Why? Because researchers are comparing blacks to whites instead of to each other, which is what I propose. I think that the loss might in fact be testable if you test enough families, including those like mine, and divide them between “black” and “white” (skin color and appearance) and then compare them for net worth and fiscal health. Both groups are black, only one looks black and the other group does not. According to my own informal observation, black and white researchers alike will be extremely surprised at two things: It is testable, and the statistical differences are significant and would rival those between blacks versus whites.
There are only three legal ways to become wealthy—through a job, getting a loan to start a business that becomes successful, or inherited wealth. I think it is safe to say that those who are white and look white have more success with landing a job. They are more likely to get a call for an interview. Especially if they are not sportng names like “Shaquan” or “Sheniqua” which do not equal callback. But even if they don’t have a colorful or created name, but look black and have schools, zip codes, or colleges that might link them to blackness, their chances of success plummet.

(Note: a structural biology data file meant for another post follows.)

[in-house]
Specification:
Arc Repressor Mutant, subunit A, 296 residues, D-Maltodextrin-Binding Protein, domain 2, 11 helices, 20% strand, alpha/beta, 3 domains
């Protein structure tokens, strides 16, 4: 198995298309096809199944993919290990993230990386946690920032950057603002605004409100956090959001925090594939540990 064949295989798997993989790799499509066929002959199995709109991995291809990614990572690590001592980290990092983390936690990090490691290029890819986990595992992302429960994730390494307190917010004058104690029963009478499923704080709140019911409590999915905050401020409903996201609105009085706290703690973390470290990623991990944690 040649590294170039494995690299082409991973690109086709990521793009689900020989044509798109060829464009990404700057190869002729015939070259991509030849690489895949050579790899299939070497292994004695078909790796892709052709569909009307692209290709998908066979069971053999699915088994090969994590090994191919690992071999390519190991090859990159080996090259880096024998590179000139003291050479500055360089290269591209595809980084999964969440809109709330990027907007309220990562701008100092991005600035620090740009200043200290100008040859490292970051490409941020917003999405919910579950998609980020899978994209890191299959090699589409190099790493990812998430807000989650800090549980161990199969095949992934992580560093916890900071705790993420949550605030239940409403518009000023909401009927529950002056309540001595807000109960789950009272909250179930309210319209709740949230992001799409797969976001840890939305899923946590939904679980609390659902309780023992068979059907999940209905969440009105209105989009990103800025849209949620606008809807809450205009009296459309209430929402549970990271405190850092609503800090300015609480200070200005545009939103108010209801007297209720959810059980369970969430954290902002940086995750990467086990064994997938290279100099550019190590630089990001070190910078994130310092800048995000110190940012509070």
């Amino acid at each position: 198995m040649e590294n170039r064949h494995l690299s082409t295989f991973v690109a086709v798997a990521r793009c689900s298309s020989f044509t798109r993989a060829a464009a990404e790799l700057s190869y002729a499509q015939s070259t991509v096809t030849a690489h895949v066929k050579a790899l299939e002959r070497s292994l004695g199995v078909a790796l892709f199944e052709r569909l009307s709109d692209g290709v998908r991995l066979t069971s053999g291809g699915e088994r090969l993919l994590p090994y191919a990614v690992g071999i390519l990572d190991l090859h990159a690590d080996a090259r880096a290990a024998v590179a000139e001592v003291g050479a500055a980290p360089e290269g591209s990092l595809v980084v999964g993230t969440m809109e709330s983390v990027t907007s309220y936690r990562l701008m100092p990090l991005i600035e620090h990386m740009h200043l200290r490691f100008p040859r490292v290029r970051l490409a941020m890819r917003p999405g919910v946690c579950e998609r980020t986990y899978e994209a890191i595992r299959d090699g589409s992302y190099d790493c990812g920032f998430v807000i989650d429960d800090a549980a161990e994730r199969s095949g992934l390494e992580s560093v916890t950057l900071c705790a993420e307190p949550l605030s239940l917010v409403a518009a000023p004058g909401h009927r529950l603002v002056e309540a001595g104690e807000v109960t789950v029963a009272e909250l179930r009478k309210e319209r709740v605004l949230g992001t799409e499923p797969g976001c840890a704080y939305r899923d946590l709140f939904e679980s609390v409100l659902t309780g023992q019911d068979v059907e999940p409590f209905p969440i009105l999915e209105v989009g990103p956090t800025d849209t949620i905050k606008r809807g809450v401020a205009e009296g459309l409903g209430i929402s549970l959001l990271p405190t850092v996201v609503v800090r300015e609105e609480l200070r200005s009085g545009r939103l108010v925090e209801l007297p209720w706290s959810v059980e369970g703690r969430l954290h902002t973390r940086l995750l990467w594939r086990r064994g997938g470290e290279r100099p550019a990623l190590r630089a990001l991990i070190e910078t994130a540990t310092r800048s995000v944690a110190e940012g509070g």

Then those who look “white” but are black probably don’t announce that fact and can even check the “white” box for race, if there is such a box. And it’s a really good thing because if that person has to take their “blackness”—including long blonde hair, slim figure, and educated manner (talking white), fair skin, and blue eyes—anywhere else but to the “hood,” they may make it as black, but will probably get the loan or the job they desire. I know from familial experience that blacks who look white cannot pass for black, but can make and marry into whiteness. These multiracial people cannot make other blacks welcome them as part of the tribe. There is wisdom of the crowd.
Even anthropologists, it seems to me, have backtracked on the issue of “race,” with this advice to the federal government: